He hated his roommates, but they were not a problem on week-ends. Both Jerry and Bobby went home to their families when school was out, and they could both afford to drive home to have home-cooked meals and fresh laundry. Saturday and Sundays were clear. Dan would not see them until Monday, so…
Their place was a mess.
How could two guys with girlfriends get away with being such slobs?
He started in the bathroom, getting the sink, tub and toilet to some level of decency that he could take; the kitchen was harder and the dishes and floor took at least one hour, as he also decided to clean the fridge and reorder the dishes and cups in the cupboards; the other rooms were not his business, except his own (a few little touches and it would be fine). And that was that…
…Until the front doorbell rang.
This was unusual. They all used the door leading out back from the kitchen onto a balcony and a spiral staircase that dropped them off right on the corner near the garage and the bus stop where the line passed every half hour. No one used the front doorbell, not even the landlord when she was chewing out the other two about their rents being late or not keeping the place clean (not you Dan, she always said). She also took that staircase, or sent up her niece to do the dirty work. They all left the front door alone.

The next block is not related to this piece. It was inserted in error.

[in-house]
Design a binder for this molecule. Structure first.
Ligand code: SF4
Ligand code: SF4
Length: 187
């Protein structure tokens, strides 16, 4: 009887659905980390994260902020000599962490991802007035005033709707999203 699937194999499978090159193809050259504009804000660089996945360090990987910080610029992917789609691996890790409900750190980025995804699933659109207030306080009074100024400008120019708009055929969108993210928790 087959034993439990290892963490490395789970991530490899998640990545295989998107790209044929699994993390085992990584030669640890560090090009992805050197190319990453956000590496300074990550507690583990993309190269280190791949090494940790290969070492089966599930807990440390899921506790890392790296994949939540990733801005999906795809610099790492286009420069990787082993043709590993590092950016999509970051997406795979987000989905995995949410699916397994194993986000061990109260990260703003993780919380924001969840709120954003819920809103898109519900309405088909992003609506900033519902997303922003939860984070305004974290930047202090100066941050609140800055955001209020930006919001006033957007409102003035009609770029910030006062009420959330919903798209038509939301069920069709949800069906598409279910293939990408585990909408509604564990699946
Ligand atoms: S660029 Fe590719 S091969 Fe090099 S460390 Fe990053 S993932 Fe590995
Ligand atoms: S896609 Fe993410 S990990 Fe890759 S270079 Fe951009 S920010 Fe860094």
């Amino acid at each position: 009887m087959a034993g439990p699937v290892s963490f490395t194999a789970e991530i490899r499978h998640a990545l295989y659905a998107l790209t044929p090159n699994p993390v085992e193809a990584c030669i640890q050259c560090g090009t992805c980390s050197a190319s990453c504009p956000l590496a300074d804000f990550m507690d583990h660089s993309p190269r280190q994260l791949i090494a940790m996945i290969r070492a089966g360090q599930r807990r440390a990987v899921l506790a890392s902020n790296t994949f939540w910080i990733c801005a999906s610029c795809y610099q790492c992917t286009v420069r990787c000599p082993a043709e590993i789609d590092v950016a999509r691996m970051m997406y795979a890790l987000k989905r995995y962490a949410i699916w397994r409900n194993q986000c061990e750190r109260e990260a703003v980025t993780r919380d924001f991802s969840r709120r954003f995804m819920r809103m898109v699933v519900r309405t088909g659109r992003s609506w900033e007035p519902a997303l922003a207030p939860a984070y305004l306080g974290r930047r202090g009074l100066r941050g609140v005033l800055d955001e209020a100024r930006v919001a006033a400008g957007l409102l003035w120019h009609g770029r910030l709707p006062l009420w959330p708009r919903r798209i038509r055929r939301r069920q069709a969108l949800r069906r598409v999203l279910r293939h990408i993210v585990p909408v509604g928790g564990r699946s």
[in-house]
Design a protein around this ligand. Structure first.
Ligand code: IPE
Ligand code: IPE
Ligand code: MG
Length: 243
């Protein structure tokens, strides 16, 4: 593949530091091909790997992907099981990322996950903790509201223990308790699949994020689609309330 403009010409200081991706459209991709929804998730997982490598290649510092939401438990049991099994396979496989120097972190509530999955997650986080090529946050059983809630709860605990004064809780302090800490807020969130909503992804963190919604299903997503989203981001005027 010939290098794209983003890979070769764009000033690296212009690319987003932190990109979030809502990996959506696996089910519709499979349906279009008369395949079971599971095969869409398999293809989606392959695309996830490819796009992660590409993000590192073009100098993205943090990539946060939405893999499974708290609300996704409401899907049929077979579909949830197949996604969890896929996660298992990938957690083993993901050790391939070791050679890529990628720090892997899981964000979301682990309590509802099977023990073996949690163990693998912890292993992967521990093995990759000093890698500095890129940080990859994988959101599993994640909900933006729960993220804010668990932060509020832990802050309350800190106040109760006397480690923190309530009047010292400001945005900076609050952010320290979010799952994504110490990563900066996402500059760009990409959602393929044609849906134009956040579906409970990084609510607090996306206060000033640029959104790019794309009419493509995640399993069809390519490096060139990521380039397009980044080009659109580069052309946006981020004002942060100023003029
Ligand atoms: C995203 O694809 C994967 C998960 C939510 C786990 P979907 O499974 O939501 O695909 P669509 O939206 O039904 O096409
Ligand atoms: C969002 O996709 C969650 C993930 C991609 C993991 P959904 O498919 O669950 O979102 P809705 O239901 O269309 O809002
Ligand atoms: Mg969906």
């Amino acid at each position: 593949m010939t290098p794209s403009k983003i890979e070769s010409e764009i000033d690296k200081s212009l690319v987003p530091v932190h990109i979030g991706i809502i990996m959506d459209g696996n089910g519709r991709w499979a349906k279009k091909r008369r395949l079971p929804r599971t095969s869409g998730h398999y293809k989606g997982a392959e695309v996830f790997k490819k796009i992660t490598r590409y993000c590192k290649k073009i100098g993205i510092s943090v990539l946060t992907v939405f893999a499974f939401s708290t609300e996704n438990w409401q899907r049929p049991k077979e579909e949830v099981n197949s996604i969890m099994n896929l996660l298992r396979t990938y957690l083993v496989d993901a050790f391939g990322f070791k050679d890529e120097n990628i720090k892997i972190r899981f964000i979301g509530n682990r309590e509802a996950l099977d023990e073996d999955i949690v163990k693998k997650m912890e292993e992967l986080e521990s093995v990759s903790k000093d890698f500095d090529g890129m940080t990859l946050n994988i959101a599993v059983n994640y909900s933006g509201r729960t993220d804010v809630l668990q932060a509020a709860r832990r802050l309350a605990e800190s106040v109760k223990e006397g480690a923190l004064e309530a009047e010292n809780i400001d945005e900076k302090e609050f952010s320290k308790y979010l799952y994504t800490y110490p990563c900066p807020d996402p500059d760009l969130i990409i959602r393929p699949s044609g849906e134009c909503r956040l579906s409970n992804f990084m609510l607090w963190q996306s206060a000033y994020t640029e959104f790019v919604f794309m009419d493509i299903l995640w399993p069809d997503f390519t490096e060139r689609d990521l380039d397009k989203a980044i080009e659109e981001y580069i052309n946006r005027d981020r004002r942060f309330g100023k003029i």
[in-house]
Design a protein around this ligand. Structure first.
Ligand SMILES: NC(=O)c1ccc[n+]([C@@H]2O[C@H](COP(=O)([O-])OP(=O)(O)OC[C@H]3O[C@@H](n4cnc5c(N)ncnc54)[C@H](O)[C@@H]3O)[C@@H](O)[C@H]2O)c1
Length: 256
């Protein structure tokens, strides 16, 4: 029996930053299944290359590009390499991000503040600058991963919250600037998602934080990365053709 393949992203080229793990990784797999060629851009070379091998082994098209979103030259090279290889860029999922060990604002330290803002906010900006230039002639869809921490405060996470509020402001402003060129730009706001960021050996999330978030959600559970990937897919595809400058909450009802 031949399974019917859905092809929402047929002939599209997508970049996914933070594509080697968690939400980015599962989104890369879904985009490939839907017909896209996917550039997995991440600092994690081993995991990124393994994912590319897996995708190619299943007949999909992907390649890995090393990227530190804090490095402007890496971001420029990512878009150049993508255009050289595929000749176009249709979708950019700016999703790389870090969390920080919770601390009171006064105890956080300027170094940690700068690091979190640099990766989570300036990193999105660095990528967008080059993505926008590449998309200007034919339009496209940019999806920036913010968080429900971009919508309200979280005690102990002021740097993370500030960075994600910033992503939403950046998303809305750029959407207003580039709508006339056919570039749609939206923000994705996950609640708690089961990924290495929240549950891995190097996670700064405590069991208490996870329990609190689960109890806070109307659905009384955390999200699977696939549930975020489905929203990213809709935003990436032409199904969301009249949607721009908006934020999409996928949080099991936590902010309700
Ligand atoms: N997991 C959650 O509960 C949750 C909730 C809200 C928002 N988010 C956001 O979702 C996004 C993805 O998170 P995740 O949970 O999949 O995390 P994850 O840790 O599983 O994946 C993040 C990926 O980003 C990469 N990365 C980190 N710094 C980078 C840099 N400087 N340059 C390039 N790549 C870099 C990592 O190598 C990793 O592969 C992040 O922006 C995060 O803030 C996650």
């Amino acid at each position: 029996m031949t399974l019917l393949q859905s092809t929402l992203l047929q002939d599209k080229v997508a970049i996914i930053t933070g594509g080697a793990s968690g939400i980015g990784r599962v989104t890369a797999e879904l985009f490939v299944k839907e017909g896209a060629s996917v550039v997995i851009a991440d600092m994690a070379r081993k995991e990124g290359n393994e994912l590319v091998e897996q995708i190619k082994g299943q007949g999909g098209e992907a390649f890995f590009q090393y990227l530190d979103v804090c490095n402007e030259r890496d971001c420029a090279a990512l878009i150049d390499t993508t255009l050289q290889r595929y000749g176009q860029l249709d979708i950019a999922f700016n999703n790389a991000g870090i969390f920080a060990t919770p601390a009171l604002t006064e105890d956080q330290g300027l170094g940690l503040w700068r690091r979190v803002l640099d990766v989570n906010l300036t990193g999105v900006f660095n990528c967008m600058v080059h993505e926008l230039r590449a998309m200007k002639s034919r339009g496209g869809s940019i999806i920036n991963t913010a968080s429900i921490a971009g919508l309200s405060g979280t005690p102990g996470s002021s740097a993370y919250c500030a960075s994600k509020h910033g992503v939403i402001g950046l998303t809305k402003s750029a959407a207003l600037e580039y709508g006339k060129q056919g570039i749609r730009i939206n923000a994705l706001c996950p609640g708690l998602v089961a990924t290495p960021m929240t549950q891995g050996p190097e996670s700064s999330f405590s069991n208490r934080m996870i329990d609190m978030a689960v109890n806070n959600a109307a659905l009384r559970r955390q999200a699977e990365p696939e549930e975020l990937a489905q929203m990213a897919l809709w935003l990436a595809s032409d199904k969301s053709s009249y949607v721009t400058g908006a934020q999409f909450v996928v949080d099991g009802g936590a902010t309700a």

That must be a stranger.
One advantage of the front door in a moment like this was that it was a very long and very narrow pathway down a flight of stairs. You did not see clearly who it was through the three panels of frosted glass below, even when the sun was out (not a cloud in the sky today; just perfect).
The doorbell rang again.
It took him a few moments to step carefully down the stairs (they made him feel like he was in the wrong spot).
She was a young girl, maybe two to five years younger than he or any of his roommates. She had her dirty blonde hair tied up in a red rubber band and was dressed in shorts and a team jersey he did not recognize. Dan looked past her at the field with other girls similarly dressed idling with soccer balls.
She was grinning now, looking down out of some sort of embarrassment that he could not name.
“I’m really sorry to bother you, but do you have any ice?”
“Ice? I’m not sure…”